Floyd Mayweather Talks Community Relations at Guns Down Gloves Up Event in Chicago

Posted On By keena

Last Saturday, Celebrities came together with Chicago activist and influencers for a panel discussing the gun violence in the city. Community members were in attendance as boxing champ Floyd Mayweather sat down with a Black Ink Crew Chicago’s Ryan Henry, Hip Hop Icon J Prince, Chicago activist Demetrius Nash, and Leaders founder and entrepreneur Corey Gilkey to discuss solutions for gun violence on Chicago’s south side at the esteemed DuSable Museum of African American History.

About The Event

Panel moderator Karen Civil took turns asking each panelist about their work and how they use their platforms to impact the community. Panelist, Demetrius Nash “D.Nash”, who is best known for walking all the way from Chicago to White House to bring awareness to the systemic issues that contribute to the gun violence in Chicago, spoke about his initiative to replace guns with hammers. “I was a part of the problem now I’m obligated to be a part of the solution.” he stated.

Ryan Henry, owner of the popular 9 Mag Tattoo shop, says he uses his platform as an entrepreneur and reality television star to provide employment opportunities in his community. “I wanted to be somebody to be looked up to in my community and somebody that can aspire people around me, even create jobs for the community or even people who just needed inspiration.”

J Prince, the man behind the infamous Rap-A-Lot label imprint and author of “The Art & Science of Respect”, stressed that it is important to give back to the community you come from. “You wouldn’t be who you are today if it wasn’t for the competition and things that existed in the hood.”


At one point during the panel, Karen Civil referenced the many charitable offerings made by million dollar boxing champ Floyd Mayweather that rarely gets any media attention. “At the Floyd Mayweather Foundation, we will continue to give back to families and to the American citizens because that’s what I believe in doing.”, Mayweather says.

The discussion concluded with a brief Q&A with the panelist. One elder who had been doing work with Chicago’s youth for over 50 years, voiced his frustration about the lack of financial support that he receives for his programs. “Everyone wants to talk to violence in Chicago but don’t nobody want to help the brothers in Chicago”.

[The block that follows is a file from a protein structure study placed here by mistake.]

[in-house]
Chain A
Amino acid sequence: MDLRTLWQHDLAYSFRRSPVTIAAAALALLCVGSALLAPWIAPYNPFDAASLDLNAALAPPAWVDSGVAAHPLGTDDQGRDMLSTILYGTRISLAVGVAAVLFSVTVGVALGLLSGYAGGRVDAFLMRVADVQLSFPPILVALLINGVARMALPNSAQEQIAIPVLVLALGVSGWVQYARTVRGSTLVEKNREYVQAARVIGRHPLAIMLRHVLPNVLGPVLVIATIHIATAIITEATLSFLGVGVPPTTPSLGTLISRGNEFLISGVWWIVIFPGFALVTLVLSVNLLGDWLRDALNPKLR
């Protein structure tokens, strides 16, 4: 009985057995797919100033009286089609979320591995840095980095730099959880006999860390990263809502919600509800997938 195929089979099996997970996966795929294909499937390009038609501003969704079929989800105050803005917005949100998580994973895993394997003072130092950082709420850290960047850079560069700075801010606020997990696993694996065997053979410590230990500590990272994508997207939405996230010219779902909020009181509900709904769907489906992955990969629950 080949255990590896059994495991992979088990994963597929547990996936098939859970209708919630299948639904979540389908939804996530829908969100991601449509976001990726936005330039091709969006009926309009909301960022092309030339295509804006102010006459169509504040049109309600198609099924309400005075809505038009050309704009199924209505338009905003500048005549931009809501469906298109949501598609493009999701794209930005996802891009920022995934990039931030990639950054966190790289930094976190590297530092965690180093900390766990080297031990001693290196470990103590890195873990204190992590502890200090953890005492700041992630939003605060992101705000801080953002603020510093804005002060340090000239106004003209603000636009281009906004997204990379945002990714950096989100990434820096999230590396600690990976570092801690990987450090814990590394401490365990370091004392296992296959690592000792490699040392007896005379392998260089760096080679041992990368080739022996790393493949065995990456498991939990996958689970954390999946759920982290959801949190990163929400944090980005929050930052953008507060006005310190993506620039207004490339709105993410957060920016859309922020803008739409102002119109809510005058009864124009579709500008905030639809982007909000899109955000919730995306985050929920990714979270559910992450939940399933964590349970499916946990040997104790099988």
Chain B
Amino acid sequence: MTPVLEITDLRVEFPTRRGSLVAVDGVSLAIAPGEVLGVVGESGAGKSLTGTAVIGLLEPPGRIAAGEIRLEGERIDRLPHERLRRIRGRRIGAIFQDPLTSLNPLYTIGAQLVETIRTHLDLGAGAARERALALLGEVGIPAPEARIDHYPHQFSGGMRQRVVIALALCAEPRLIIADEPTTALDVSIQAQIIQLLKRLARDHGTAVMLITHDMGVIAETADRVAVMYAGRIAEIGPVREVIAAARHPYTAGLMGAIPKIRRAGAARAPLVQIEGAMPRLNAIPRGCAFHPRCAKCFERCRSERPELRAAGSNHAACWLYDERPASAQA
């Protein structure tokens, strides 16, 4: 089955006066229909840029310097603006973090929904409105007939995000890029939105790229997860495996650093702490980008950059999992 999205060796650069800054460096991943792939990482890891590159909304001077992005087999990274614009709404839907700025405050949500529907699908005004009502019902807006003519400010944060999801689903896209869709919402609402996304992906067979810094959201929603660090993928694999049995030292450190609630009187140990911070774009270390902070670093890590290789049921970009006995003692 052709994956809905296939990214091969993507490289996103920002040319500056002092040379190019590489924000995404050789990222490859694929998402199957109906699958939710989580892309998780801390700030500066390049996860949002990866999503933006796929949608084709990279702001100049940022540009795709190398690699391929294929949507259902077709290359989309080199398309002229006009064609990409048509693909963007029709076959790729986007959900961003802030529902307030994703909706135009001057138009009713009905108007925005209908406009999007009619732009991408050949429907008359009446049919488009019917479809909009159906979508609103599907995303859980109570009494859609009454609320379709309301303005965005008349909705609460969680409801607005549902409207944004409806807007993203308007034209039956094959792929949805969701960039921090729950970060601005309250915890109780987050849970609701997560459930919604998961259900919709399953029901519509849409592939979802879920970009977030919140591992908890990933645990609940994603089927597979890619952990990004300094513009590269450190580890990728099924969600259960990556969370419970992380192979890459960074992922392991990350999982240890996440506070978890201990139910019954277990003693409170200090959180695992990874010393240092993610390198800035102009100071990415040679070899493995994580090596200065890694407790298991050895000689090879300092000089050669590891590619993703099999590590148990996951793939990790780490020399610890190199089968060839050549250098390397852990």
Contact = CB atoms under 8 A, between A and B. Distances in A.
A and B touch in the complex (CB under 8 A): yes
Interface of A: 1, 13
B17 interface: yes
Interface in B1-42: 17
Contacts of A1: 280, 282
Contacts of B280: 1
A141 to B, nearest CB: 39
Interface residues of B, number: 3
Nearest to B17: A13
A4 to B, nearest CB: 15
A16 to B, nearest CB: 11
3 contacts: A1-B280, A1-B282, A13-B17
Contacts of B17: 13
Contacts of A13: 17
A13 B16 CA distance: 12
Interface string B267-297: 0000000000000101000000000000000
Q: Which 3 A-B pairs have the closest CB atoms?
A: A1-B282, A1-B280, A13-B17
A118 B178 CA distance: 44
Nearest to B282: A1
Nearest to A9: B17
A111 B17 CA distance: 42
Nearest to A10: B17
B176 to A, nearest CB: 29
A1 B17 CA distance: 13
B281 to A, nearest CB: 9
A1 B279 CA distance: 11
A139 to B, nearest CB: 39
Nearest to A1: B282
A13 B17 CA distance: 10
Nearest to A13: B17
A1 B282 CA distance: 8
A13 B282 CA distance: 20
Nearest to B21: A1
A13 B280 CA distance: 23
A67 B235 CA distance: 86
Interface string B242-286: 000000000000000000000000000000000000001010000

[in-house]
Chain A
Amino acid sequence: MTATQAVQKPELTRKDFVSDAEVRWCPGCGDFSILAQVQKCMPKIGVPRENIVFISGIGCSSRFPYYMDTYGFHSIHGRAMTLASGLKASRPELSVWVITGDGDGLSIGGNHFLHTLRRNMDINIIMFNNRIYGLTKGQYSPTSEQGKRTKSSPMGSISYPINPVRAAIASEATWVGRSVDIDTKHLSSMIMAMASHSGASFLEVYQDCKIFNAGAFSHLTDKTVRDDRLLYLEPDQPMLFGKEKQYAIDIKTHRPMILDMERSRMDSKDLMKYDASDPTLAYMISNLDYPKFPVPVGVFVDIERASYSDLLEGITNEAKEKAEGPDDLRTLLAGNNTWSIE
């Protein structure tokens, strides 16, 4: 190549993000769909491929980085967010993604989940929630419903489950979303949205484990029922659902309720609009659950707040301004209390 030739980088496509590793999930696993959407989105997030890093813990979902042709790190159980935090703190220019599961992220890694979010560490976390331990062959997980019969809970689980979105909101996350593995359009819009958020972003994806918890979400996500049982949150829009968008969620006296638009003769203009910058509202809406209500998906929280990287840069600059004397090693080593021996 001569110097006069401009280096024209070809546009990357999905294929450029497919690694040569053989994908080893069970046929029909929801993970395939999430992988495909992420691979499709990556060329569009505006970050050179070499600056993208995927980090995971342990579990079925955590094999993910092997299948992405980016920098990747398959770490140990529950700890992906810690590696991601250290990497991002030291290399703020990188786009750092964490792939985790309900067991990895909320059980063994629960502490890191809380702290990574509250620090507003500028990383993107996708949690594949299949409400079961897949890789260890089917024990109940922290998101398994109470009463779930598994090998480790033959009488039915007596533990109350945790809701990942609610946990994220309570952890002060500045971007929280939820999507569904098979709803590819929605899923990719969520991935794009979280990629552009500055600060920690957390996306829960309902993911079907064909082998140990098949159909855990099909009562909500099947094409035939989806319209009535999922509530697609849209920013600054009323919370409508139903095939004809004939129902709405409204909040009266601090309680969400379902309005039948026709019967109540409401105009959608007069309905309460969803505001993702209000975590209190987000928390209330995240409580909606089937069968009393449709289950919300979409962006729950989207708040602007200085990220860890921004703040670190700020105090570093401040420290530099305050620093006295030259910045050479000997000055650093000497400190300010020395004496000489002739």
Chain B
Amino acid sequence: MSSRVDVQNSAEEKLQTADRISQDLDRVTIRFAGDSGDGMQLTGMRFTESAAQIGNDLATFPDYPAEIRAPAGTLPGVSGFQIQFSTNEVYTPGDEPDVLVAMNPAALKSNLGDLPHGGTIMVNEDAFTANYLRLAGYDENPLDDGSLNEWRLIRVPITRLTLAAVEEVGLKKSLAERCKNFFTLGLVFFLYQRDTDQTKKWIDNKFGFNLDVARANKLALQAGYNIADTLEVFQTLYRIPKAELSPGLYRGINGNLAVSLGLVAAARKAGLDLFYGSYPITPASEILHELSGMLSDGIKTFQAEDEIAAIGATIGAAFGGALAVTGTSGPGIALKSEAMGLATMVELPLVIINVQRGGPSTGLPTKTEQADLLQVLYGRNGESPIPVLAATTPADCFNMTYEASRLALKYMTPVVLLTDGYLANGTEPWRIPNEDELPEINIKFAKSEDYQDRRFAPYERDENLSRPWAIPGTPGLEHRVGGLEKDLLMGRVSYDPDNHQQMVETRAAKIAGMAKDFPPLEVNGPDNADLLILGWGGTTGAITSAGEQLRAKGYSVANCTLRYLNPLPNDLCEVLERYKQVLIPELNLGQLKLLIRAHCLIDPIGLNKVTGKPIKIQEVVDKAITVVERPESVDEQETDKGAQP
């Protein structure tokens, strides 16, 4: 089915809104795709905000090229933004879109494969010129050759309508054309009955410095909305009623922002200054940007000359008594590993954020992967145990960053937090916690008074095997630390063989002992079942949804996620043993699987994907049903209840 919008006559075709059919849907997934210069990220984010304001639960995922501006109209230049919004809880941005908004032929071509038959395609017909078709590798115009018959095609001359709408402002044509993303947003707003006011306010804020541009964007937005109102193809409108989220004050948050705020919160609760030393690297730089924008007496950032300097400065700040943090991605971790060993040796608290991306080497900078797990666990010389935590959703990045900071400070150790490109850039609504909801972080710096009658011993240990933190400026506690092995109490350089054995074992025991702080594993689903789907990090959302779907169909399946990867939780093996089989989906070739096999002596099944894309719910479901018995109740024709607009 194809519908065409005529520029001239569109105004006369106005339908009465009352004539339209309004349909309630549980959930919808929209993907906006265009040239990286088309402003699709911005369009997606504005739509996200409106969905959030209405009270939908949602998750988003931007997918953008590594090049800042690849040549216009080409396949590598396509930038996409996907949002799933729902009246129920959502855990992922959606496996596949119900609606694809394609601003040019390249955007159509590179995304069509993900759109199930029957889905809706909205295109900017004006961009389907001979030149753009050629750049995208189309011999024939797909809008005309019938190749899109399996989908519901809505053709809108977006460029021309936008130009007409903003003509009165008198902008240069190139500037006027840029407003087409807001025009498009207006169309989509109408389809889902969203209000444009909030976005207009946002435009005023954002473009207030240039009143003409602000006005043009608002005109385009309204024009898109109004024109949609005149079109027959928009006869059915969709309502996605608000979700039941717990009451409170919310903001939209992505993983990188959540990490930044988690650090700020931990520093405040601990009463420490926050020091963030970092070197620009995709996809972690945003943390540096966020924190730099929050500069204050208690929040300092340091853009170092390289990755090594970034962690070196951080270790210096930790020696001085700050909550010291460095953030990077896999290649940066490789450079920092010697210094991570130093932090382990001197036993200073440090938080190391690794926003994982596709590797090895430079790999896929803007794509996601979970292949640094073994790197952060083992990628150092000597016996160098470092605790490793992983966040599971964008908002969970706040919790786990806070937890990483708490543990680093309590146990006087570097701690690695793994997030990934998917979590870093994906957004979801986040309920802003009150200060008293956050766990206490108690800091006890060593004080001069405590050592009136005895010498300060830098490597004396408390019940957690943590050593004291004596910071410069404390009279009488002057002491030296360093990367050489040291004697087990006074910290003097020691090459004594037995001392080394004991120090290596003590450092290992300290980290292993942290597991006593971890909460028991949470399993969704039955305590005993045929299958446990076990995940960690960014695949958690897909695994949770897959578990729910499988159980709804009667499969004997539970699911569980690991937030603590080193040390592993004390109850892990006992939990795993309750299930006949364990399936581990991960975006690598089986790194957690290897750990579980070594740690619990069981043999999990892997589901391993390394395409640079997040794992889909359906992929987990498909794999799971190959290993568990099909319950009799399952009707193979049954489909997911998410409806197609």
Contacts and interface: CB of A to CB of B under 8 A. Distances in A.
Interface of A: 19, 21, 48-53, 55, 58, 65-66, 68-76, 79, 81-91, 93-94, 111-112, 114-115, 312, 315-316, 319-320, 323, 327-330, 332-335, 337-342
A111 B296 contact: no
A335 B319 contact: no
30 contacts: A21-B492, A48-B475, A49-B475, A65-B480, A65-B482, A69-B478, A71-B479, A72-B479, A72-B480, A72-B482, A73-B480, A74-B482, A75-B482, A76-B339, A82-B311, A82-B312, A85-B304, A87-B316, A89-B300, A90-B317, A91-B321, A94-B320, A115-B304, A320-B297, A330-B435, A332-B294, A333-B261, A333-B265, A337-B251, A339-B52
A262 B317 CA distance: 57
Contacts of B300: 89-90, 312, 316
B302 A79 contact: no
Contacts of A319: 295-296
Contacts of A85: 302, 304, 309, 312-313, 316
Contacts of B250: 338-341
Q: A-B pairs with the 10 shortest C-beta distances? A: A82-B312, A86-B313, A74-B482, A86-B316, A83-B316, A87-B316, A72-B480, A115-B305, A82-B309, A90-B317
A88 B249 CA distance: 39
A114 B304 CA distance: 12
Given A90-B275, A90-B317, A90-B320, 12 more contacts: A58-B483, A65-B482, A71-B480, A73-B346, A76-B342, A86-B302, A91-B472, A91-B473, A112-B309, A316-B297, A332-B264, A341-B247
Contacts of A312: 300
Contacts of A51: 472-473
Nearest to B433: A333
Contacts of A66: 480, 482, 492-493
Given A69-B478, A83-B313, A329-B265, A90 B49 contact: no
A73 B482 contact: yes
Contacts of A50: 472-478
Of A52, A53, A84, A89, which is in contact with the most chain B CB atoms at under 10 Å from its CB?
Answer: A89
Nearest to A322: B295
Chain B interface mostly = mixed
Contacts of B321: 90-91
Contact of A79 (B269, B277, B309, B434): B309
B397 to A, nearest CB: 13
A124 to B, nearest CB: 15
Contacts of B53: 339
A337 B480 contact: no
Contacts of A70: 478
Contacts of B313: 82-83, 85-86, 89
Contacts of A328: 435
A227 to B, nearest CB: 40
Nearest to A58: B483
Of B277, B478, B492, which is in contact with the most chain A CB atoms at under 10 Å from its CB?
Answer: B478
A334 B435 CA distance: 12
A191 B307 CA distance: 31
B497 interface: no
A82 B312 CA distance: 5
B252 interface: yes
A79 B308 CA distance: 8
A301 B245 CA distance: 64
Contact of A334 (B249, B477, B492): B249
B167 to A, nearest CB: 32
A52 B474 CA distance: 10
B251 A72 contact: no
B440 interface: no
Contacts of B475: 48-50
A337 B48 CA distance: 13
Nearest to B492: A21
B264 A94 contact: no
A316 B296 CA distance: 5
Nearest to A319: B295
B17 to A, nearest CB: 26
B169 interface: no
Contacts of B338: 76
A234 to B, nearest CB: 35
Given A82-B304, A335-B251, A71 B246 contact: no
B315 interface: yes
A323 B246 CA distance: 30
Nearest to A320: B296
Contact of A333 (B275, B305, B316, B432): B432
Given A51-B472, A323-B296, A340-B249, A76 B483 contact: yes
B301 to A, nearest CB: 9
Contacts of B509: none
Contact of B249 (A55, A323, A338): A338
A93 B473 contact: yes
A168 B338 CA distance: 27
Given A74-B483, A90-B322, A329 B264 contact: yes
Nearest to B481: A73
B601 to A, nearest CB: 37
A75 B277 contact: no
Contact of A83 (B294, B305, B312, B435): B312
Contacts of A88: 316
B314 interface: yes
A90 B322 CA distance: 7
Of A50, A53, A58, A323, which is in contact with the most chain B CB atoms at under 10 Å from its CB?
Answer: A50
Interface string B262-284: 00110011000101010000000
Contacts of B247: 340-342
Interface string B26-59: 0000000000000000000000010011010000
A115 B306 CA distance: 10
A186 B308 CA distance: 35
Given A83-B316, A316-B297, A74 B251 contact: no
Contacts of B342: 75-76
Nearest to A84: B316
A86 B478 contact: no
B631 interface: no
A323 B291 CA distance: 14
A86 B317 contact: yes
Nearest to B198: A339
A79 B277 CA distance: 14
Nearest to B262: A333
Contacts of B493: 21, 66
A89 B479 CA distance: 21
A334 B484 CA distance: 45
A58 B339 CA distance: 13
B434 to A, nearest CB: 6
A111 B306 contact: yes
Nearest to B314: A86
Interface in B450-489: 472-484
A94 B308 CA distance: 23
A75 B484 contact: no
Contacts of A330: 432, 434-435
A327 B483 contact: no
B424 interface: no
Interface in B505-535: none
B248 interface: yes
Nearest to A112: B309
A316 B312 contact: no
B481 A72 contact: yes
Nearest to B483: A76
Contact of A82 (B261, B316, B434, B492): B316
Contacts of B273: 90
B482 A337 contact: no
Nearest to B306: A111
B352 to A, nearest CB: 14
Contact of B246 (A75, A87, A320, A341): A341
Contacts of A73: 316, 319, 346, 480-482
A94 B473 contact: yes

The Surprise of the Evening

The audience stood to their feet when it was announced that the family of Emmett Till was in attendance. The 14 year-old Chicago native was lynched in Mississippi in 1955 after being accused of harassment by a white woman in her family grocery store. Till’s death became the stepping stone for the Civil Right’s movement. Recent cases like the shooting deaths of Trayvon Martin, Mike Brown, and Laquan McDonald proves violent history of persecuting blacks in America is alive today.

The dialogue that took place is always going to be necessary for the city of Chicago. The issue of gun violence has many root causes that can not be fixed by one person. It’s going to take a unified effort for us to see the changes in our community that we want see. I applaud the panelist for using their platforms to create change in their communities and being a shining example for what our youth can become.

Floyd’s Promise

Floyd Mayweather made a promise to build at least 4 boxing facilities in Chicago over the next 24 months as well as writing a check (and posting it on social media!) to help the cities youth programs. Let’s hope he fulfills that promise!

Check out my interviews with Corey Gilkey, Demetrius Nash, Ryan Henry and more on the ChiPedia Podcast on WGN Radio.

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